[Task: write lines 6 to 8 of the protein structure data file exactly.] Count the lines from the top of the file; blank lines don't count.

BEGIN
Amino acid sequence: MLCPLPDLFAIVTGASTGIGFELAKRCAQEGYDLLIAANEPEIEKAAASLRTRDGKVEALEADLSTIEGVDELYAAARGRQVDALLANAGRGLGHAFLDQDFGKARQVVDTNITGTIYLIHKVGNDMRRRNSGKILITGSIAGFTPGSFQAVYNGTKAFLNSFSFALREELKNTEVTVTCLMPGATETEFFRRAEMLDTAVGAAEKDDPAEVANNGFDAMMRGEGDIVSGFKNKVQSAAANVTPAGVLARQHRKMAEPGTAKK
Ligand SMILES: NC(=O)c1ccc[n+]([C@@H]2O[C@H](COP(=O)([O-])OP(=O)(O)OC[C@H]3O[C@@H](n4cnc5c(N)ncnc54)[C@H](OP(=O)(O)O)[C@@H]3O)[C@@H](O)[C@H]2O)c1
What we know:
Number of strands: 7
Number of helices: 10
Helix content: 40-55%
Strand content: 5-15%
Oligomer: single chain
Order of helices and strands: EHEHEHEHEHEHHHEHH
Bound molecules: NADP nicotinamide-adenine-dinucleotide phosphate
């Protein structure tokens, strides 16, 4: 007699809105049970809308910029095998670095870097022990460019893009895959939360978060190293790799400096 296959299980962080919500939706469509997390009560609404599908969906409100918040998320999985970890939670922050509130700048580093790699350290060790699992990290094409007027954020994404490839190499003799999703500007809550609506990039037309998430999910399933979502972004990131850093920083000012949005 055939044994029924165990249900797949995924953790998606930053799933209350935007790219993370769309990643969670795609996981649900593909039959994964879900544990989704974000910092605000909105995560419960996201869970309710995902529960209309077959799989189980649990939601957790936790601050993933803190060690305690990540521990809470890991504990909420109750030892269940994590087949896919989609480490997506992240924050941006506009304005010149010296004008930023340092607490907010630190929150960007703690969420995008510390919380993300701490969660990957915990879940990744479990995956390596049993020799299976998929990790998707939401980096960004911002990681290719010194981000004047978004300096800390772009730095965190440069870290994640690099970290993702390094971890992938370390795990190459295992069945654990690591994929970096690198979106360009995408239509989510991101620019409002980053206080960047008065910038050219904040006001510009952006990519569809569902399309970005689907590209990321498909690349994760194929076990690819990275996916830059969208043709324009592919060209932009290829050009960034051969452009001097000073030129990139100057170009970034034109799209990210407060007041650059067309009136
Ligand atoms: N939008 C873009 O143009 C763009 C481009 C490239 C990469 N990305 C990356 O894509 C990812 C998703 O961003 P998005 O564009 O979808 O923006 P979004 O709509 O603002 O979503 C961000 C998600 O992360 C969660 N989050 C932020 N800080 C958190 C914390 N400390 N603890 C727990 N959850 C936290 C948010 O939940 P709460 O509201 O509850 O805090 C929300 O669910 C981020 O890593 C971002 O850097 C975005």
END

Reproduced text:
Helix content: 40-55%
Strand content: 5-15%
Oligomer: single chain